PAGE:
Trunked Radio Systems in Hawaii
A trunked radio system is a complex
type of radio system that is used to maximize available capacity
in a two-way radio system. Groups of users are given a logical
talkgroup to share for their communications, rather than a dedicated
radio frequency. Trunking is used by many government entities
to provide two-way communication for fire departments, police,
and other municipal services, who all share spectrum allocated
to a city, county, or other entity.
Trunking systems in use in Hawaii
Trunked radio systems from the three
major companies (Motorola, M/A Com, and EF Johnson) are in use
in Hawaii. The most common system in use on all islands are the
Motorola Type II standard. When Motorola systems were first put
into place, the older Type I and Type IIi Hybrid (Type I talkgroups
[less common] mixed with Type II talkgroups) existed alongside
the regular Type II systems.
Because Type I systems are based on fleet and subfleets (very
similar to EDACS radio systems), Type I systems are not scalable
because they limit the amount of IDs any fleet or subfleet can
support. All Type I or IIi systems were upgraded to a Type II
Honolulu County uses Ericsson EDACS standard with a mix of analog
and ProVoice digital transmissions, while Maui County uses the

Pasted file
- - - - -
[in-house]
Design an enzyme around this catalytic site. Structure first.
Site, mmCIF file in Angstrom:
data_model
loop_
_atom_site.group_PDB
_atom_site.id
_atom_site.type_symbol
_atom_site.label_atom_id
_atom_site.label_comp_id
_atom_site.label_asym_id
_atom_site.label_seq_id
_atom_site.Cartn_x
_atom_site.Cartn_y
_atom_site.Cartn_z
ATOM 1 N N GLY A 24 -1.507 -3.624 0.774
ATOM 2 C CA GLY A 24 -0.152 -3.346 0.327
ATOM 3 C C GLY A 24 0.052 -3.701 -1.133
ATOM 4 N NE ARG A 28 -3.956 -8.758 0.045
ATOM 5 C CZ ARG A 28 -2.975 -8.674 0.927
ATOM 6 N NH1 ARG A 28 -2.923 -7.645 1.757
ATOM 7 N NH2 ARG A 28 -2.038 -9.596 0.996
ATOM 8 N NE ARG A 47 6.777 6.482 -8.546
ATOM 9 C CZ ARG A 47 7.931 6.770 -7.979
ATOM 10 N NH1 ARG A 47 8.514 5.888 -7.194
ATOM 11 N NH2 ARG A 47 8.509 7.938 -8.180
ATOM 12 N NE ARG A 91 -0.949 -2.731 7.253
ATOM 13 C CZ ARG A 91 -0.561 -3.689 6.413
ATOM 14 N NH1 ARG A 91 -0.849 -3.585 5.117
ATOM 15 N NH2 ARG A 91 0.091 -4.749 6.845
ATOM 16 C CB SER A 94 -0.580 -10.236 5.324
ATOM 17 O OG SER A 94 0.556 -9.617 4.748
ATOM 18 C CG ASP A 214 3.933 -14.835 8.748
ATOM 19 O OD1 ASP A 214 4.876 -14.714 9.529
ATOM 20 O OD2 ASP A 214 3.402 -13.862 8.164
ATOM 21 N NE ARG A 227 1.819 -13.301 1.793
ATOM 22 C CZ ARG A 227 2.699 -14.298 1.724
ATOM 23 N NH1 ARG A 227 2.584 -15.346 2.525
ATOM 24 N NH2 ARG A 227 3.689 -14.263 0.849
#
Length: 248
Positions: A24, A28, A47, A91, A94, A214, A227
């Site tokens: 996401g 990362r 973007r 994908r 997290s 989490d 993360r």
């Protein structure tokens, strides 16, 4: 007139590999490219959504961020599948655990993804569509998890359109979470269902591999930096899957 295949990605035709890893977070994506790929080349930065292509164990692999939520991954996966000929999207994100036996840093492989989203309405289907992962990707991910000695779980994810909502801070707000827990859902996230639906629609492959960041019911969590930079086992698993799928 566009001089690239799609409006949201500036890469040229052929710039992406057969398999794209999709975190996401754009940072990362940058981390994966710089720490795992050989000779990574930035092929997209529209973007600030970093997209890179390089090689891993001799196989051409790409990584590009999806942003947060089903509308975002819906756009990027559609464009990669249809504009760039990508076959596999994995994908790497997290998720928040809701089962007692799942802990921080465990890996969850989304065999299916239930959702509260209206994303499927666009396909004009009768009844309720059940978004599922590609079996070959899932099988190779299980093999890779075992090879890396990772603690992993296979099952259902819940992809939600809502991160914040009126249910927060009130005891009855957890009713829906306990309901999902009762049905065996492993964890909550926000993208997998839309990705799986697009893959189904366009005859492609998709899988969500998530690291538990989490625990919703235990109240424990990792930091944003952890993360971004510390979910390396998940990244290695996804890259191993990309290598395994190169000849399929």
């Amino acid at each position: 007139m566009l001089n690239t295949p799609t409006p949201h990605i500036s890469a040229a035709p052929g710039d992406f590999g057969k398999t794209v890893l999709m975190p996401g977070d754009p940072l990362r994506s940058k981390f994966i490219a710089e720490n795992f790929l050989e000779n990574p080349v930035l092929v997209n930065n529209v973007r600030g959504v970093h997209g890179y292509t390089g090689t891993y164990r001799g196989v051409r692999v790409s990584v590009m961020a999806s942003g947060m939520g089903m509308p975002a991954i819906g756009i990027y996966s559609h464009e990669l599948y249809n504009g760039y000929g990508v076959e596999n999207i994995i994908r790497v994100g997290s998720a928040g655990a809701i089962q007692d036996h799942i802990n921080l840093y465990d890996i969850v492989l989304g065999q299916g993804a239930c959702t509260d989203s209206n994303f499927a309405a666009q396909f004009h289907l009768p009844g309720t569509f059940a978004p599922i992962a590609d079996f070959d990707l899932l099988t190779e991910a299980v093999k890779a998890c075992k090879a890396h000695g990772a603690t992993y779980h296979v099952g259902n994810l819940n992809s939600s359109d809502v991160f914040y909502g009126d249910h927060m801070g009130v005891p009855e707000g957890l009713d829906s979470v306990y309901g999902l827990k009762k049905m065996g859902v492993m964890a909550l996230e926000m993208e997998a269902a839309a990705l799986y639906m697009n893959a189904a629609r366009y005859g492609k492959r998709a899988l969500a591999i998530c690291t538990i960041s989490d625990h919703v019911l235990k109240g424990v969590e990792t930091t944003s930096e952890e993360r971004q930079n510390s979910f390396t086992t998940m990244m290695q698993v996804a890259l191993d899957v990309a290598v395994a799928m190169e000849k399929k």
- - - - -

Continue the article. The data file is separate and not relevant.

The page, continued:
LTR Multi-Net standard. Maui County is planning to upgrade its
800 MHz radio system to Project 25 standards.
In 1997, radio scanners compatible with trunked
systems appeared on the market. One of the first companies to
bring these devices to market, Uniden, trademarked the term trunk
tracking on 5 December 1997.
The first scanner with Ericsson EDACS trunking
capability, the Uniden BC245XLT, was released for sale in July
The first scanner with LTR trunking capability, the Radio Shack
Pro-92, was released in November 1999.
800 MHz Rebanding and the Future of Scanning
Expect to see a number of changes to the 800 MHz public safety
trunked radio systems in Hawaii during 2008. An R&O (Report
and Order) from the Federal Communications Commission regarding
rebanding (reconfiguration) of the 800 MHz radio spectrum
is expected to take place beginning this year.
Scanners monitoring Ericsson EDACS and LTR Standard systems will
work fine after rebanding. Users will have to reprogram frequencies
into their correct LCN order. However, current analog-capable
scanners monitoring Motorola systems in the 866-869 MHz range
will not work properly because of the changes Motorola
will make to the trunking channel plan that is hard coded into
Radio Shack and Uniden scanners. After rebanding, radios will
not scan to the correct channel when the system assigns a call
that was previously on a frequency between 866-869 MHz and was
retuned to a new rebanded frequency 15 MHz lower between 851-854
Frequencies in the 866-869 MHz range are spaced 12.5 kHz apart,
where as pre-rebanding channels in the 851-854 MHz range are 25
kHz apart. The trunking channel plan allows certain scanners to
track trunking systems using only the control channel.
The Pro-96/Pro-2096 scanners will be able to monitor Motorola
rebanded public safety radio systems switching over to the 851-853
MHz band. These scanners out of the box is not programmed with
the correct channel spacing data on the rebanded systems. The
only way to correct this issue is to use scanner programming software
for the Pro-96.
Systems for which information is confirmed and available